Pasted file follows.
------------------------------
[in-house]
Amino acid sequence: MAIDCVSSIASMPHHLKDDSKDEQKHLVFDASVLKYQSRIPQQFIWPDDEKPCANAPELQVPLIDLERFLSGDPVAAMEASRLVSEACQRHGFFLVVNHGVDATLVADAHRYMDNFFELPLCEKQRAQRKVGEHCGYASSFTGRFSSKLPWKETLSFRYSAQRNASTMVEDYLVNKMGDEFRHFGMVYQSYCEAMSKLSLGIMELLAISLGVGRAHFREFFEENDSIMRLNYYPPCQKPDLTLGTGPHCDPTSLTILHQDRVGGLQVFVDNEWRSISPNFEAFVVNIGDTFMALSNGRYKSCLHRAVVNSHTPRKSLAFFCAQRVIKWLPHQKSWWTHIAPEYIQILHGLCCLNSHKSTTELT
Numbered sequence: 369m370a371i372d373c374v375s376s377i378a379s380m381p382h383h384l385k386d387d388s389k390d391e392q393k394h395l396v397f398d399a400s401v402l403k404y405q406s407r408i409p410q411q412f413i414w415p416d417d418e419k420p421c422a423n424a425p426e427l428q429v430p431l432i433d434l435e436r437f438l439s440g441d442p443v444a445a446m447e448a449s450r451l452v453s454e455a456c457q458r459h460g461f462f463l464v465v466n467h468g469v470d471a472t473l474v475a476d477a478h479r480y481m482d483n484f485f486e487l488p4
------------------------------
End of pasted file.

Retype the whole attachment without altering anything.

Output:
[in-house]
Amino acid sequence: MAIDCVSSIASMPHHLKDDSKDEQKHLVFDASVLKYQSRIPQQFIWPDDEKPCANAPELQVPLIDLERFLSGDPVAAMEASRLVSEACQRHGFFLVVNHGVDATLVADAHRYMDNFFELPLCEKQRAQRKVGEHCGYASSFTGRFSSKLPWKETLSFRYSAQRNASTMVEDYLVNKMGDEFRHFGMVYQSYCEAMSKLSLGIMELLAISLGVGRAHFREFFEENDSIMRLNYYPPCQKPDLTLGTGPHCDPTSLTILHQDRVGGLQVFVDNEWRSISPNFEAFVVNIGDTFMALSNGRYKSCLHRAVVNSHTPRKSLAFFCAQRVIKWLPHQKSWWTHIAPEYIQILHGLCCLNSHKSTTELT
Numbered sequence: 369m370a371i372d373c374v375s376s377i378a379s380m381p382h383h384l385k386d387d388s389k390d391e392q393k394h395l396v397f398d399a400s401v402l403k404y405q406s407r408i409p410q411q412f413i414w415p416d417d418e419k420p421c422a423n424a425p426e427l428q429v430p431l432i433d434l435e436r437f438l439s440g441d442p443v444a445a446m447e448a449s450r451l452v453s454e455a456c457q458r459h460g461f462f463l464v465v466n467h468g469v470d471a472t473l474v475a476d477a478h479r480y481m482d483n484f485f486e487l488p4